Programming by Wishful Thinking

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Coderetreat: Programming by Wishful Thinking

Blog post series

This blog post is part of a series about coderetreat sessions.


This session introduces the concept of top-down approach of Test Driven Development for a new feature.
By following the steps you will be able to understand how to add thin top-down features that you can show very fast to your customers. Many of the features will work, even though you will not have a fully functional system, just because you have used stubs or fakes for the parts of the system that are not yet implemented.

Programming by Wishful Thinking


You want to implement a feature using Test Driven Development starting from the user interface. We call this kind of development top-bottom, as opposed to bottom-up, when you start from the database.
Let’s say your system is brand new, and you need to start from somewhere. Because you want to be Agile, your first feature needs to be a vertical slice from the user interface to the data layer. You want to receive feedback as soon as you can from your stakeholders on the new feature.
How do you do that?
One solution: Programming by wishful thinking.

The first step is to find the scenario you want to focus on. This means that the business is very clear and you can do a vertical slice of the requirements.

Once you know what you need to do, you write an acceptance test. For that you need to implement the top and the bottom layer. This test will fail until you have implemented the last unit test.

You start writing unit tests from the top layer (user interface) to the next layer (maybe a view or a model). If you need any information you create an interface or a function and create a stub. That stub will give you all the information you need. This is where you are doing some wishful thinking. Whatever you need and don’t have, think that you have it and write a stub for it. Working in this way will give you the opportunity to focus on the vertical slice, from the top layer to the bottom. Don’t get distracted implementing anything else, just write a stub.

You continue to write code like that, writing tests on each layer until you reach the bottom layer. When the last test is implemented, the acceptance test should pass. This is when you can show your new scenario to someone for feedback.


You will be able to understand better what top-down Test Driven Development is. Another important outcome is that you can understand one of the ways of doing Evolutionary Design.

You can develop a product with a fast feedback cycle by using this method. Once a feature is finished you can show it to your stakeholders. They will come with improvement feedback that you can act upon.


The top-bottom Test Driven Development approach is very appropriate for web development. You pass through all the layers and write the needed tests, add the needed functionality. Nevertheless top-bottom is not that useful when writing algorithms, there I would recommend you to try a bottom-up approach to Test Driven Development.


During all the steps you are taking incremental design decisions:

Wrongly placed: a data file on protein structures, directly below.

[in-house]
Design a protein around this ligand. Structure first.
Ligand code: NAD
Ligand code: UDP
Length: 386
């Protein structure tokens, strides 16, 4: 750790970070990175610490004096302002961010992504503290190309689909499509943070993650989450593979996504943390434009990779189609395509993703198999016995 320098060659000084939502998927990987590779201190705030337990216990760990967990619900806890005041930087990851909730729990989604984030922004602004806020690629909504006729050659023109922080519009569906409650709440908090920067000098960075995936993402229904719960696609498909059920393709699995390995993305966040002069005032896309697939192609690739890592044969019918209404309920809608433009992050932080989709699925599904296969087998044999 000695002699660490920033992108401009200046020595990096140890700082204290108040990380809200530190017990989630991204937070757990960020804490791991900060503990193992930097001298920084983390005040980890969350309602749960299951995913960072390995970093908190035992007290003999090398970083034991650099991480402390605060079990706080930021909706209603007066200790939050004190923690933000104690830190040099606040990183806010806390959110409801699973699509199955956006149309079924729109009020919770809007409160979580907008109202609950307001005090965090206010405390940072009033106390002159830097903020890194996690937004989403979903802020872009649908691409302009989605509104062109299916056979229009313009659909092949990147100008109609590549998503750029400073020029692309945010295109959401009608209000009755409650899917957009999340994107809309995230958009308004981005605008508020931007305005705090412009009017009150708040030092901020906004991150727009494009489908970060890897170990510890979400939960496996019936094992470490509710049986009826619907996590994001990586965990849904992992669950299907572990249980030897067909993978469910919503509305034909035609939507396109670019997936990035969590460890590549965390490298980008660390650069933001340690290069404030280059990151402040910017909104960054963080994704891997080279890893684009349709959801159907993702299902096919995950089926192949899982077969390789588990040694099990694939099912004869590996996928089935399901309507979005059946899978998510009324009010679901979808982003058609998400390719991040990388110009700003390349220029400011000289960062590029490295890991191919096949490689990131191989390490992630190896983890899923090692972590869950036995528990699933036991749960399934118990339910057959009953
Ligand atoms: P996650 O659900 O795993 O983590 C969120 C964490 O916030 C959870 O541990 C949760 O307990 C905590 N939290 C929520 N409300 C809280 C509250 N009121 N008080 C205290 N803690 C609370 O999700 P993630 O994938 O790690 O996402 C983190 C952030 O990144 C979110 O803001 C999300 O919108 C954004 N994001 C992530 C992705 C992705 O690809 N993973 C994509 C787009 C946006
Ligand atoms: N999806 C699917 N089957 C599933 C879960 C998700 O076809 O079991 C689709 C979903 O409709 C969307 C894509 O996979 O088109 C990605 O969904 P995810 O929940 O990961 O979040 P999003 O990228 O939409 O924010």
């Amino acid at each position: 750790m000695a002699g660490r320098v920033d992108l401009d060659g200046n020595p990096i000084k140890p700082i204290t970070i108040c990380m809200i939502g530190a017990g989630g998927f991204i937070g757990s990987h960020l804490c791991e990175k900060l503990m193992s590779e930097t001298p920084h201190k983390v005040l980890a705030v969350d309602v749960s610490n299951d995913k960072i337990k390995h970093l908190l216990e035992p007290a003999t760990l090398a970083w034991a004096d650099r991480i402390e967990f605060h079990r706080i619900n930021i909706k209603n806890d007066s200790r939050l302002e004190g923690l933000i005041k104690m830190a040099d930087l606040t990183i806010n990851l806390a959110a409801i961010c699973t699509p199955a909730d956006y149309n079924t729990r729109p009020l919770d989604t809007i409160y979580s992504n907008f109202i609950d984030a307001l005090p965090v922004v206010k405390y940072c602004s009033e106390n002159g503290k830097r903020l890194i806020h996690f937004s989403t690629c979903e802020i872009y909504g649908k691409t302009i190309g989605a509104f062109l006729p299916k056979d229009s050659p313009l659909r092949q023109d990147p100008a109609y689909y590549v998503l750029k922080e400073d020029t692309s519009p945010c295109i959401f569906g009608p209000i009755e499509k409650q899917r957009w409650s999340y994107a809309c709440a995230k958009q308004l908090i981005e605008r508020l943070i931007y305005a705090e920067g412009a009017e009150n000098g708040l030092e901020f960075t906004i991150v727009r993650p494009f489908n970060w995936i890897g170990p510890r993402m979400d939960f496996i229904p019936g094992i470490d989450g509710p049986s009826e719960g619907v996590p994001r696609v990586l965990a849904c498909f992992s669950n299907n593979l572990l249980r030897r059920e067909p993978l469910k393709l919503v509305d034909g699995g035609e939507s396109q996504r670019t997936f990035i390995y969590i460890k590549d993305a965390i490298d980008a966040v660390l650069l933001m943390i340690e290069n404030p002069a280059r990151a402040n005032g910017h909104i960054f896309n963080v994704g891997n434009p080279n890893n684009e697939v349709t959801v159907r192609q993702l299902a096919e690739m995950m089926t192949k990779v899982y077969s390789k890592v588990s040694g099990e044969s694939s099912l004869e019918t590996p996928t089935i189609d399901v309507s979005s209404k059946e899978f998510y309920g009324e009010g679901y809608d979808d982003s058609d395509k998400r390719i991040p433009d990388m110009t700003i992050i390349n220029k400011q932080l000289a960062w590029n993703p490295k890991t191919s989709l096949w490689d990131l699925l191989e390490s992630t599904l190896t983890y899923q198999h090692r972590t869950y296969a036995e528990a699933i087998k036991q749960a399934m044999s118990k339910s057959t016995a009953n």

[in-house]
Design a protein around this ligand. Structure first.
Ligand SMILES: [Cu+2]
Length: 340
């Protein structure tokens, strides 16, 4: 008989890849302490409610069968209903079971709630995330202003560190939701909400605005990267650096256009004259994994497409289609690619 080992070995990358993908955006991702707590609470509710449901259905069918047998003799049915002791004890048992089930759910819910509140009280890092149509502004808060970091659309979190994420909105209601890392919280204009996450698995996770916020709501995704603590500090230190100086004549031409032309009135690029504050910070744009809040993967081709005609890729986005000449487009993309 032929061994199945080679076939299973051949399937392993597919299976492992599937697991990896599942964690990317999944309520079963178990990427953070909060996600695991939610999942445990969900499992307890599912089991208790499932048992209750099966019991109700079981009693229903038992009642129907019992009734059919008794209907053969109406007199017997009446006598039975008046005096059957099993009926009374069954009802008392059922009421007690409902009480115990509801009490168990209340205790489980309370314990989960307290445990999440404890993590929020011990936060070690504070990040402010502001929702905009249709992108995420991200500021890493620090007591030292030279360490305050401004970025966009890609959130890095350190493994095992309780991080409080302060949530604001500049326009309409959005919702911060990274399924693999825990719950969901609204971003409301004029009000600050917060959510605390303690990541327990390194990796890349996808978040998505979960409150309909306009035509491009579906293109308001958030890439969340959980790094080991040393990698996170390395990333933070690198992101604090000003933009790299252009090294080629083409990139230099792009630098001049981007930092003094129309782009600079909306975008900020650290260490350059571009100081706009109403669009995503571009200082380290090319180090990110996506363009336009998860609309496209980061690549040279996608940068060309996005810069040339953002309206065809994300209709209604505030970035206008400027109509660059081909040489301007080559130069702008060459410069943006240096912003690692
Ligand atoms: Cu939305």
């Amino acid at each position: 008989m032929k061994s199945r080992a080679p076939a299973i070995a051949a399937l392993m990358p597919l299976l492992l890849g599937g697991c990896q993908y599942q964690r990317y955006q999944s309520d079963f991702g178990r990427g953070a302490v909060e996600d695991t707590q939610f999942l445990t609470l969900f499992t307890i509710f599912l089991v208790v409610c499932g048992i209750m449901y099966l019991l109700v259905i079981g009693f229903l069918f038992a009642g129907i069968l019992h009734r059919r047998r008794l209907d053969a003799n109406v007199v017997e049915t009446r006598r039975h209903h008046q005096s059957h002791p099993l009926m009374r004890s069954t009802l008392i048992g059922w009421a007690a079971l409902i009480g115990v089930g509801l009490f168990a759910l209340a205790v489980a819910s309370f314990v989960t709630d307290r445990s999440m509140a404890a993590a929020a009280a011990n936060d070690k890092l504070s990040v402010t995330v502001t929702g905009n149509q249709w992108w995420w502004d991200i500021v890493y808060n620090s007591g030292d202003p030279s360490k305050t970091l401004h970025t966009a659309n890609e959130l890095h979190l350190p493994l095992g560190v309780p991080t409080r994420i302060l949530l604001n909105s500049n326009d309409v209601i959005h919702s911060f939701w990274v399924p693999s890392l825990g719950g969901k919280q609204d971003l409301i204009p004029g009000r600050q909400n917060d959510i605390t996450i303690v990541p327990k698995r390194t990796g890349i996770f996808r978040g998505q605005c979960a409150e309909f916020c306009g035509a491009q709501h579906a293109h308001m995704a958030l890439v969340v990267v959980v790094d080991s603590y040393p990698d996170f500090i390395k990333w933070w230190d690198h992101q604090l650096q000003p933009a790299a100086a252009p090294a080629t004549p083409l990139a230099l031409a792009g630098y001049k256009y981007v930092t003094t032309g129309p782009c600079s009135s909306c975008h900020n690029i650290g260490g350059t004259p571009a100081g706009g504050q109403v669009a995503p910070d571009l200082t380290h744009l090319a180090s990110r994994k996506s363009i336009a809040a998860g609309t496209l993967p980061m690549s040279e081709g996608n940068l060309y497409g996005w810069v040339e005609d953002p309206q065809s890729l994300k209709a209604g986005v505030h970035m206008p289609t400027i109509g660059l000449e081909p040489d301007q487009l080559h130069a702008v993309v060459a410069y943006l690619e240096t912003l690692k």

• When writing the acceptance test you design the top and bottom layer
  • With each unit test you design bit of each layer
  • With each stub you design the interaction with future collaborators that are not yet implemented

The design evolves with each step you take. This is why I call this way of working Evolutionary Design.


When working in this way you need to have solid skills of business analysis, software design, TDD, and testing.


I know about his session idea from Corey Haines. Thanks Corey for telling me about this way of working.

During a few of the coderetreats I facilitated I presented this concept as a constraint. The fastest pair was when a tester was pairing with a programmer.

Code Cast

Somewhere in the future there will be a code cast showing this method of writing code.


Feel free to contact me to find more about methods of evolutionary design.


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3 thoughts on “Programming by Wishful Thinking

  1. This cuts to the heart of TDD. There’s a similar technique you can do in type-driven development: write out the type signatures of your data types and functions, and add preconditions wherever you can think of them. Preconditions for functions act as guarantees they’ll be called properly, and preconditions for data types guarantee runtime values are valid. The data types and functions don’t need to be implemented immediately; the same ‘wishful thinking’ principle applies. This is great for modelling the system at a logical level without implementing anything.

    Suppose you want to model a rational number: a ratio of two integers, where the denominator must be greater than zero. You can start by making data types:

    value: Int, value > 0
    numerator: Int
    denominator: PositiveInteger

    Now you have the guarantee that the ratio will always be valid. But there’s more: you can add operations:


    add(ratio: Ratio): Ratio
    multiply(factor: Int): Ratio

    And so on. These operations also provide guarantees through their type signatures: only valid ratios can be added, ratios can be multiplied only be integer factors, and both operations must result in valid ratios.

    This is a simple example but the same method can be applied to model a system at any scale: you’re just writing out its logical properties using types and preconditions, before even implementing anything. If you write it in an actual language with, say, ‘null’ as the implementation, the compiler will tell you if all your logical assumptions hold up.

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